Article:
Friday 22 June 2018

Death on South Georgia

South Georgia is cold, damp, wind-swept island in the South Atlantic, it is not the sort of place you can visit casually to put flowers on the grave of a dear departed.
Ernest Shacklelton, [prev] Antarctic explorer, born in Co Kildare, died aboard the Steamship Quest 5th January 1922 while it was moored in Grytviken Harbour, South Georgia. The crew sent a telegram to his widow and she asked them to bury The Old Man her husband on South Georgia rather than immersing the body in brandy and shipping him home like Nelson. I've crossed out The Old Man because he was only 47 years old. He could have died 6 years earlier, doing a daft desperate sledging trip at the end of his heroic voyage to South Georgia in 1916.

Sixty years later, Suboficial Primero Félix Artuso was killed in Grytviken Harbor on 26th April 1982. This occurred at the end of Operation Paraquat during La Guerra del Atlántico Sur after the Brits had reconquered South Georgia from Argentine forces. Artuso was a prisoner of war helping move the damaged captured submarine on which he had served as a Petty Officer. The Royal Marine squaddie, who a) was guarding him b) had no Spanish and c) zero knowledge about how to run a submarine, thought Artuso was attempting to scuttle the captured prize and/or fire torpedoes at the victorious warships. He emptied half a clip of 9mm into the unfortunate Artuso's head. Nobody was held to account for this violation of the Geneva Convention unfortunate dreadful misunderstanding. Félix Artuso is buried [pic] a few metres from Shackleton [his arty gravestone shown R] in the cemetery at Grytviken.

I guess even at this distance of time and place, people are still mourning the loss of these two men. Pictures of the graves show changes in the floral tributes, for example. I think it's safe to say that nobody is sorry that the last invasive alien rodents have been culled from South Georgia. This news percolated slowly through some rarified channels of the blogosphere after it was announced that they could find no evidence of living Mus or Rattus. The rodents were introduced by Cap'n James Cook, who surveyed the archipelago and landed a Possession Bay in January 1775. If not by him, then by the sealers who came immediately after the news of the discovery came back to Europe. I cannot (easily) find Latin binomers for the invasive rodents so I am assuming  Rattus norvegicus, the brown rat, possibly Rattus rattus the ship-rat and definitely Mus musculus, the house mouse. The latter were the least serious because a) they are smaller than a penguin egg b) they were at the edge of their habitat, with between 2 and 6 individuals /hectare.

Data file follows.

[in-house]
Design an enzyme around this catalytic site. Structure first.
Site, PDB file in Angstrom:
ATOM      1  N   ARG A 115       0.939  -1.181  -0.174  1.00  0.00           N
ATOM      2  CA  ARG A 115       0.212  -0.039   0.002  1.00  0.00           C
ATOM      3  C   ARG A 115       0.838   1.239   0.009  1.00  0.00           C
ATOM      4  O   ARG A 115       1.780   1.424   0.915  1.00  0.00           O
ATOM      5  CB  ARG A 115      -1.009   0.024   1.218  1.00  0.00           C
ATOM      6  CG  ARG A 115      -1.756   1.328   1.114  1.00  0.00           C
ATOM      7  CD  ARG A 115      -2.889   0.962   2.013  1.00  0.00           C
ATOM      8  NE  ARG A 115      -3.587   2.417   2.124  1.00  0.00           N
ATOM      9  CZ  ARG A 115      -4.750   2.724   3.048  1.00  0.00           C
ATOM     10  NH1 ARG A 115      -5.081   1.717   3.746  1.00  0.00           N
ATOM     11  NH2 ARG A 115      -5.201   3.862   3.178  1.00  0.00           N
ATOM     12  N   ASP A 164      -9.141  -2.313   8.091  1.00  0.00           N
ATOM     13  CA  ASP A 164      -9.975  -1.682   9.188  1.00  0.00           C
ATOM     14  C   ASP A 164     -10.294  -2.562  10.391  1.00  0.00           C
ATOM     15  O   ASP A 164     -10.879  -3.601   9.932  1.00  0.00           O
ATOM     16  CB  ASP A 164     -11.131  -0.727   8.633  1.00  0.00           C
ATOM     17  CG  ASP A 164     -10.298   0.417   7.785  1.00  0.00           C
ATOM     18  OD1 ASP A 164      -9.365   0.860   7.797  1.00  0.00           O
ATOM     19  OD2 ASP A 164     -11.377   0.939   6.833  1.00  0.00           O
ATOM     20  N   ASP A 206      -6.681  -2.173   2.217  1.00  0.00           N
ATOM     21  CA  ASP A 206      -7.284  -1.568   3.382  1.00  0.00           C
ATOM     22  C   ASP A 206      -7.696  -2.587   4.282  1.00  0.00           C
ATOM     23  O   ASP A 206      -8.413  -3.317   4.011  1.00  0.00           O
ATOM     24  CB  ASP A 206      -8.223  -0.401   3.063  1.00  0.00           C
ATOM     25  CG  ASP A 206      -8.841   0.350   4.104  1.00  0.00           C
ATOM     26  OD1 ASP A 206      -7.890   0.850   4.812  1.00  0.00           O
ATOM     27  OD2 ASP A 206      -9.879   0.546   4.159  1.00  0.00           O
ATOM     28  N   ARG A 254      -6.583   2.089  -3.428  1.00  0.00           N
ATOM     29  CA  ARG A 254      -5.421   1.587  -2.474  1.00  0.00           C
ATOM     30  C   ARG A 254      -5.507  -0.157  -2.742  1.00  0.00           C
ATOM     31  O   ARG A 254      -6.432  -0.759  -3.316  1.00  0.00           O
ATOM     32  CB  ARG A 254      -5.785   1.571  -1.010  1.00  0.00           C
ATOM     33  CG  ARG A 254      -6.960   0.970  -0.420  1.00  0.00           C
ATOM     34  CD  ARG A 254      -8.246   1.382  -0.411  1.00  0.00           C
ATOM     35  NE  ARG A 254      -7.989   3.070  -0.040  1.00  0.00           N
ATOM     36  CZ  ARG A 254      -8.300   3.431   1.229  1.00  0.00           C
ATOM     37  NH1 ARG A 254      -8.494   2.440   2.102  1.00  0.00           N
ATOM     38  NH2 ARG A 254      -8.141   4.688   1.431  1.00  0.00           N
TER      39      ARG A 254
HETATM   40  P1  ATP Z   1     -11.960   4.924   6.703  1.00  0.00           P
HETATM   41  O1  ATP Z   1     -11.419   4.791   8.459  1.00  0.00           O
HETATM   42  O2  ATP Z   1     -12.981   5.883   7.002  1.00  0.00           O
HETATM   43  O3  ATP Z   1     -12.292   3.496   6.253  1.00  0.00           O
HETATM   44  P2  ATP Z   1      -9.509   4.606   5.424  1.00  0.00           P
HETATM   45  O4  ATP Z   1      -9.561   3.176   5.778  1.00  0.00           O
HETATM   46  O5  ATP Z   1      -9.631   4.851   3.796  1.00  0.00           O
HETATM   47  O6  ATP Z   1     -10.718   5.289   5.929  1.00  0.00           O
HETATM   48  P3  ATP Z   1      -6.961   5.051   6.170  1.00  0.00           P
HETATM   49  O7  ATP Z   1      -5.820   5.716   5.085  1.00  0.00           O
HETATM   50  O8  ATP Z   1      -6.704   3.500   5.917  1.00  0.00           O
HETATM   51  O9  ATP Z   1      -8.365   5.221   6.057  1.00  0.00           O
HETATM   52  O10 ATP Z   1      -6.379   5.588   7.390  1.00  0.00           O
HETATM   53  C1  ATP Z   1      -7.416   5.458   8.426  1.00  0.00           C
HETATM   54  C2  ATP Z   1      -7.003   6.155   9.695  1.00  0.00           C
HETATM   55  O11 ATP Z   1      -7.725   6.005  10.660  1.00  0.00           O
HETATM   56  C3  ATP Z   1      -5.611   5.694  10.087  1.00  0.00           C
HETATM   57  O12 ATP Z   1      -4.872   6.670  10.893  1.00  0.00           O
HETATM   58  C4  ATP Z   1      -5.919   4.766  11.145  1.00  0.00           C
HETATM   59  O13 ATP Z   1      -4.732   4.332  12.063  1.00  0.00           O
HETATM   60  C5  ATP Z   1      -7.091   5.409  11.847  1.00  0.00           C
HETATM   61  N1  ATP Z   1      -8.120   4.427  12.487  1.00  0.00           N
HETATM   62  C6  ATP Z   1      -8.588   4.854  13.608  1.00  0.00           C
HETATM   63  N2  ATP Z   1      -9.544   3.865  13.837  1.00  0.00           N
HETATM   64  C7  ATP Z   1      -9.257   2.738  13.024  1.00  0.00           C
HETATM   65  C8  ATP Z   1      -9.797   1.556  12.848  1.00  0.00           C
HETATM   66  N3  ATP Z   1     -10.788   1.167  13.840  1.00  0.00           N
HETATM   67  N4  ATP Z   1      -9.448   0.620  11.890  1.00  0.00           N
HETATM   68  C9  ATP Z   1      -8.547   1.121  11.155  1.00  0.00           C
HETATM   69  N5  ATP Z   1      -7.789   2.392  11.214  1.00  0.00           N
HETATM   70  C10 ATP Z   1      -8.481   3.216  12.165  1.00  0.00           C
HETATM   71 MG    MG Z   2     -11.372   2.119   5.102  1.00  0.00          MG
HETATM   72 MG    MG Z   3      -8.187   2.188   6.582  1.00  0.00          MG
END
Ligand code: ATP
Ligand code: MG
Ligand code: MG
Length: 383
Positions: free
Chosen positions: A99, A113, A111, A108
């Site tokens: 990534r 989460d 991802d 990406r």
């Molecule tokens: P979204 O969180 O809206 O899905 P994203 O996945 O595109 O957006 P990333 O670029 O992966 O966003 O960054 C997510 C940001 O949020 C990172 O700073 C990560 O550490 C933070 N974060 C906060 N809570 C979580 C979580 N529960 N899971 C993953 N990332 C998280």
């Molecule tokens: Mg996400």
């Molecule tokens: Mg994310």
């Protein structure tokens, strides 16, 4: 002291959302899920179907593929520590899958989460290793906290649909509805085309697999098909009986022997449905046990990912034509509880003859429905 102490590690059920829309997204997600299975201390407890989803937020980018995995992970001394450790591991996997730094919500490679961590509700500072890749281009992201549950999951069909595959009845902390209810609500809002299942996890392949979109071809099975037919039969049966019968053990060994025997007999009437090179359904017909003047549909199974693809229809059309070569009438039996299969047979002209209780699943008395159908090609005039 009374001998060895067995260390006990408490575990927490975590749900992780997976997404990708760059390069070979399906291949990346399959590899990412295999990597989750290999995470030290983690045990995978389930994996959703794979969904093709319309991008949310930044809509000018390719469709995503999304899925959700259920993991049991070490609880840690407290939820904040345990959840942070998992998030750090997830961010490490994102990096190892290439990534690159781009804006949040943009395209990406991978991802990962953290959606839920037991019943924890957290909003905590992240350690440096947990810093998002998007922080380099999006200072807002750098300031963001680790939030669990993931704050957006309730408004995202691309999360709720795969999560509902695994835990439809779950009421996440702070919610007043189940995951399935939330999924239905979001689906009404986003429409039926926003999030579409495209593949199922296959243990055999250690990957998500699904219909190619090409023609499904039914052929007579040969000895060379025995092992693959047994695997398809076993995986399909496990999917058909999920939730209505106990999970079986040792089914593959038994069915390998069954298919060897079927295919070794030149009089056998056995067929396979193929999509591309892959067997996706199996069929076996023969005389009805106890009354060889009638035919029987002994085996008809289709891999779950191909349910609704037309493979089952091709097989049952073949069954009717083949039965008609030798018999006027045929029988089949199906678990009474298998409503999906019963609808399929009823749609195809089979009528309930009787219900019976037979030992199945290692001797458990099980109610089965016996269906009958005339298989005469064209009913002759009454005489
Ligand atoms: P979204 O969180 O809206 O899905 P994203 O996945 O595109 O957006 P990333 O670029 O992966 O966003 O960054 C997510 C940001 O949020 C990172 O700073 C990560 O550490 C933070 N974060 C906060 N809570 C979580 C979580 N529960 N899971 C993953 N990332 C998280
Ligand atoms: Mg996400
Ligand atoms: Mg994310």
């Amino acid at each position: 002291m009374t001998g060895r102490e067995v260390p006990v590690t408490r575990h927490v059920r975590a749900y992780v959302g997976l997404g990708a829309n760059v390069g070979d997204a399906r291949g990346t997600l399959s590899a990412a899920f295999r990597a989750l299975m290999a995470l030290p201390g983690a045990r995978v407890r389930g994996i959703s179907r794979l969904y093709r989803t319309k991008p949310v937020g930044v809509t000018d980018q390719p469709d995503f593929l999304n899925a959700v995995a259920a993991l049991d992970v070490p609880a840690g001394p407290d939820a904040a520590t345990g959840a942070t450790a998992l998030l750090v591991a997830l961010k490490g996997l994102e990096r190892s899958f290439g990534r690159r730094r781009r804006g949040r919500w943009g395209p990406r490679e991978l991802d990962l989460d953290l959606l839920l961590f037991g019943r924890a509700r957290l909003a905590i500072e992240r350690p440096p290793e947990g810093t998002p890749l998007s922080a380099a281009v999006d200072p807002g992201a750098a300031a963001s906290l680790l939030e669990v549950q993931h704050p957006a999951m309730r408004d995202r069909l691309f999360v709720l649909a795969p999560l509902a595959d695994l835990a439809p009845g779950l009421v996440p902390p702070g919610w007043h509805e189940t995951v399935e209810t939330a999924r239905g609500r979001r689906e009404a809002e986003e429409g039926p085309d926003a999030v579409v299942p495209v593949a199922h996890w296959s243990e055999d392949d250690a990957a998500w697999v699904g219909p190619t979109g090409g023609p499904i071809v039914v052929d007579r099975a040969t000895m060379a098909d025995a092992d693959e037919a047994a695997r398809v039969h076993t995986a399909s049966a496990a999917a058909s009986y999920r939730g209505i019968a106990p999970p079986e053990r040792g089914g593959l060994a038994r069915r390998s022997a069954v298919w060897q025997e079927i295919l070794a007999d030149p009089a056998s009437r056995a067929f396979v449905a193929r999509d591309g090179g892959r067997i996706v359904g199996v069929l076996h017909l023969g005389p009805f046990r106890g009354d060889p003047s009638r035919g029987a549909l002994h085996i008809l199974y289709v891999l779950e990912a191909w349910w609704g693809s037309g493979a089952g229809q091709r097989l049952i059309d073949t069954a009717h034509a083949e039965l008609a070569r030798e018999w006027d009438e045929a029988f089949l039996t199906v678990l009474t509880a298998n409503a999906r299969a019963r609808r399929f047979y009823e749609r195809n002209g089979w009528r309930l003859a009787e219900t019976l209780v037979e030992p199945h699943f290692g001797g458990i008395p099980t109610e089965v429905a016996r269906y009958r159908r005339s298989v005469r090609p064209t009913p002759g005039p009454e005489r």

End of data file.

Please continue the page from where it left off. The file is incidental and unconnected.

The project to eradicate all the rodents cost £10 million and 10 years of elapsed time. First they surveyed the island to find out where and how the aliens live, then they devised a killing strategy that has to be100% effective. Leaving even 1% of the rats alive will just reset the clock. They decided to distribute poisoned bait on all the likely habitat. It was known that rats don't live actually on glaciers, for example. They ended up distributing 300 tonnes of poison bait over 3 years 2011, 2013 and 2015 with the help of 3 helicopters carrying a modified fertiliser hopper back-and-forth across [video] just over 1,000 of tundra. That's about a third of the total area of the island. Two years, after the last run across the killing fields, it was time for another survey looking real hard for now elusive rodents (they'd taken a hammering from the poison. They used peanut-butter baited cards attached to red-topped stakes: any teeth-marks in the paste and it would have been a £10 million bust! They also walked 3 primed rodent-sniffer dogs - Will, Ahu and Wai - to snuffle down any burrows and crevices. [pictures]. Just like the Brits, they report the names of the dogs but not the proper names of the prey.

This is a huge logistical problem, successfully addressed. I can't find our eight sheep on a hill of only 200 hectares. These dogs couldn't find any rats in 100,000 hectares but that's good news. Hats off!

No comments:

Post a Comment